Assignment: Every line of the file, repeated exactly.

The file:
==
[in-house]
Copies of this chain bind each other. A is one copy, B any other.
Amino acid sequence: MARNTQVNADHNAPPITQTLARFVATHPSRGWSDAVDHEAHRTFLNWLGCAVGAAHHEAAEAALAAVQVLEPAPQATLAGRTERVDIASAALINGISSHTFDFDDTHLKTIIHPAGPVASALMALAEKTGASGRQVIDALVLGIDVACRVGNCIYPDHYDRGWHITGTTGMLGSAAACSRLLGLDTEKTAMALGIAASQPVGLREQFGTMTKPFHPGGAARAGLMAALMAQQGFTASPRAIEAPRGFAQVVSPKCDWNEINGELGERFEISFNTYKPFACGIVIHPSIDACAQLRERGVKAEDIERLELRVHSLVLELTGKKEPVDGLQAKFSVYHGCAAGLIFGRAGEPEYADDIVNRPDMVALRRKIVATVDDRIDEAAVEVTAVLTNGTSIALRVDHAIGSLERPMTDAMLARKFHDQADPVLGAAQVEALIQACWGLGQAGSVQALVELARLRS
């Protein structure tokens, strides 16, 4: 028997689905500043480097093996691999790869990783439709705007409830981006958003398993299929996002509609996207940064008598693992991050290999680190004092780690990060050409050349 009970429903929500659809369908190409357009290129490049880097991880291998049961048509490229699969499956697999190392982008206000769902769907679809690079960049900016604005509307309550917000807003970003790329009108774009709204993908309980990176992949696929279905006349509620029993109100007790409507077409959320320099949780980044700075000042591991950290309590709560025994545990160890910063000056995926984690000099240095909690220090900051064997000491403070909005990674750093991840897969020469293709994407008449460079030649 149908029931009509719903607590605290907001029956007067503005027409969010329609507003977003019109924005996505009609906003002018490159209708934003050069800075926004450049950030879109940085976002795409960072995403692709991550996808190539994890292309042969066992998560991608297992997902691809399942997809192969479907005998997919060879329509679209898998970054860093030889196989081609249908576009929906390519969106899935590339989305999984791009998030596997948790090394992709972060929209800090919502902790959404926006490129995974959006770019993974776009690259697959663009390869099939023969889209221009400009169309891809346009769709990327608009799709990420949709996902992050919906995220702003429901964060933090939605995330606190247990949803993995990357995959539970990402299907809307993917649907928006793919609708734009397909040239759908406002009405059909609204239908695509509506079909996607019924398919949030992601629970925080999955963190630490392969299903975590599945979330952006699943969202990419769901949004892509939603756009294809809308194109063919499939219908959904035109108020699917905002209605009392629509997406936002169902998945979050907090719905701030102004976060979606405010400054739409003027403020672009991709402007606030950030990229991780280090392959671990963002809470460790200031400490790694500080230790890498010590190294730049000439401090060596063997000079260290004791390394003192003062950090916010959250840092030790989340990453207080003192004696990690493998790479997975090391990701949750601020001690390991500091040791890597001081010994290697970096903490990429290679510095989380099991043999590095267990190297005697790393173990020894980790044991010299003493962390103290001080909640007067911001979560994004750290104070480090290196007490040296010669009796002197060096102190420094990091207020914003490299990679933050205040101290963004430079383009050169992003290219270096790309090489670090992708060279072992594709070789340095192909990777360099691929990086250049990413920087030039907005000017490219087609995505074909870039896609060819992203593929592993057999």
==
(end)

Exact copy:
[in-house]
Copies of this chain bind each other. A is one copy, B any other.
Amino acid sequence: MARNTQVNADHNAPPITQTLARFVATHPSRGWSDAVDHEAHRTFLNWLGCAVGAAHHEAAEAALAAVQVLEPAPQATLAGRTERVDIASAALINGISSHTFDFDDTHLKTIIHPAGPVASALMALAEKTGASGRQVIDALVLGIDVACRVGNCIYPDHYDRGWHITGTTGMLGSAAACSRLLGLDTEKTAMALGIAASQPVGLREQFGTMTKPFHPGGAARAGLMAALMAQQGFTASPRAIEAPRGFAQVVSPKCDWNEINGELGERFEISFNTYKPFACGIVIHPSIDACAQLRERGVKAEDIERLELRVHSLVLELTGKKEPVDGLQAKFSVYHGCAAGLIFGRAGEPEYADDIVNRPDMVALRRKIVATVDDRIDEAAVEVTAVLTNGTSIALRVDHAIGSLERPMTDAMLARKFHDQADPVLGAAQVEALIQACWGLGQAGSVQALVELARLRS
């Protein structure tokens, strides 16, 4: 028997689905500043480097093996691999790869990783439709705007409830981006958003398993299929996002509609996207940064008598693992991050290999680190004092780690990060050409050349 009970429903929500659809369908190409357009290129490049880097991880291998049961048509490229699969499956697999190392982008206000769902769907679809690079960049900016604005509307309550917000807003970003790329009108774009709204993908309980990176992949696929279905006349509620029993109100007790409507077409959320320099949780980044700075000042591991950290309590709560025994545990160890910063000056995926984690000099240095909690220090900051064997000491403070909005990674750093991840897969020469293709994407008449460079030649 149908029931009509719903607590605290907001029956007067503005027409969010329609507003977003019109924005996505009609906003002018490159209708934003050069800075926004450049950030879109940085976002795409960072995403692709991550996808190539994890292309042969066992998560991608297992997902691809399942997809192969479907005998997919060879329509679209898998970054860093030889196989081609249908576009929906390519969106899935590339989305999984791009998030596997948790090394992709972060929209800090919502902790959404926006490129995974959006770019993974776009690259697959663009390869099939023969889209221009400009169309891809346009769709990327608009799709990420949709996902992050919906995220702003429901964060933090939605995330606190247990949803993995990357995959539970990402299907809307993917649907928006793919609708734009397909040239759908406002009405059909609204239908695509509506079909996607019924398919949030992601629970925080999955963190630490392969299903975590599945979330952006699943969202990419769901949004892509939603756009294809809308194109063919499939219908959904035109108020699917905002209605009392629509997406936002169902998945979050907090719905701030102004976060979606405010400054739409003027403020672009991709402007606030950030990229991780280090392959671990963002809470460790200031400490790694500080230790890498010590190294730049000439401090060596063997000079260290004791390394003192003062950090916010959250840092030790989340990453207080003192004696990690493998790479997975090391990701949750601020001690390991500091040791890597001081010994290697970096903490990429290679510095989380099991043999590095267990190297005697790393173990020894980790044991010299003493962390103290001080909640007067911001979560994004750290104070480090290196007490040296010669009796002197060096102190420094990091207020914003490299990679933050205040101290963004430079383009050169992003290219270096790309090489670090992708060279072992594709070789340095192909990777360099691929990086250049990413920087030039907005000017490219087609995505074909870039896609060819992203593929592993057999």